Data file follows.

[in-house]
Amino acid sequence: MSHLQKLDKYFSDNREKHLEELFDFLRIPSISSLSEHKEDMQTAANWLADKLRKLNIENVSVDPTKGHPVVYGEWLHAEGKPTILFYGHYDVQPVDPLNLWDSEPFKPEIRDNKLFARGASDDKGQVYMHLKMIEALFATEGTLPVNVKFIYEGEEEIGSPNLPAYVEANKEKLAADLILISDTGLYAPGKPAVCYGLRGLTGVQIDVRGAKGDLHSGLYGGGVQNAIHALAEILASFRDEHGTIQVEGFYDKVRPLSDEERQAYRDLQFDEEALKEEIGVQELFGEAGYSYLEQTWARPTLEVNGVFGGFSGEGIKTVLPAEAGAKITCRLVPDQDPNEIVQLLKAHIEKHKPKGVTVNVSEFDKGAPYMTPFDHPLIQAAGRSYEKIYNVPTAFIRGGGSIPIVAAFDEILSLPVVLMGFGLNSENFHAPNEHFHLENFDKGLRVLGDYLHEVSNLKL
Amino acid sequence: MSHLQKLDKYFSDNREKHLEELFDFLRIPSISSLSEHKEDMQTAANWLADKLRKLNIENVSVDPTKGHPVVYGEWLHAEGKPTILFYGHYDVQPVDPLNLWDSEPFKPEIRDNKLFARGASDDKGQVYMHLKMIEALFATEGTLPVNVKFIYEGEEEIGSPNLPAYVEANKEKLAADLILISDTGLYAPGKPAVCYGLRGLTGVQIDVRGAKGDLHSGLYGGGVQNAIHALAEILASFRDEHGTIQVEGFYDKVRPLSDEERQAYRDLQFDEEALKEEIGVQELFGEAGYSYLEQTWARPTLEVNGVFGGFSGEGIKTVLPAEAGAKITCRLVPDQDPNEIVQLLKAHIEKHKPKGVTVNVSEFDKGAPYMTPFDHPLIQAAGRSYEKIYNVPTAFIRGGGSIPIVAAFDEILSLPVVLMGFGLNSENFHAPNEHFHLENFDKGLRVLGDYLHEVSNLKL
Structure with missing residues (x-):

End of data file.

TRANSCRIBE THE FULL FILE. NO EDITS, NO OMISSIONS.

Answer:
[in-house]
Amino acid sequence: MSHLQKLDKYFSDNREKHLEELFDFLRIPSISSLSEHKEDMQTAANWLADKLRKLNIENVSVDPTKGHPVVYGEWLHAEGKPTILFYGHYDVQPVDPLNLWDSEPFKPEIRDNKLFARGASDDKGQVYMHLKMIEALFATEGTLPVNVKFIYEGEEEIGSPNLPAYVEANKEKLAADLILISDTGLYAPGKPAVCYGLRGLTGVQIDVRGAKGDLHSGLYGGGVQNAIHALAEILASFRDEHGTIQVEGFYDKVRPLSDEERQAYRDLQFDEEALKEEIGVQELFGEAGYSYLEQTWARPTLEVNGVFGGFSGEGIKTVLPAEAGAKITCRLVPDQDPNEIVQLLKAHIEKHKPKGVTVNVSEFDKGAPYMTPFDHPLIQAAGRSYEKIYNVPTAFIRGGGSIPIVAAFDEILSLPVVLMGFGLNSENFHAPNEHFHLENFDKGLRVLGDYLHEVSNLKL
Amino acid sequence: MSHLQKLDKYFSDNREKHLEELFDFLRIPSISSLSEHKEDMQTAANWLADKLRKLNIENVSVDPTKGHPVVYGEWLHAEGKPTILFYGHYDVQPVDPLNLWDSEPFKPEIRDNKLFARGASDDKGQVYMHLKMIEALFATEGTLPVNVKFIYEGEEEIGSPNLPAYVEANKEKLAADLILISDTGLYAPGKPAVCYGLRGLTGVQIDVRGAKGDLHSGLYGGGVQNAIHALAEILASFRDEHGTIQVEGFYDKVRPLSDEERQAYRDLQFDEEALKEEIGVQELFGEAGYSYLEQTWARPTLEVNGVFGGFSGEGIKTVLPAEAGAKITCRLVPDQDPNEIVQLLKAHIEKHKPKGVTVNVSEFDKGAPYMTPFDHPLIQAAGRSYEKIYNVPTAFIRGGGSIPIVAAFDEILSLPVVLMGFGLNSENFHAPNEHFHLENFDKGLRVLGDYLHEVSNLKL
Structure with missing residues (x-):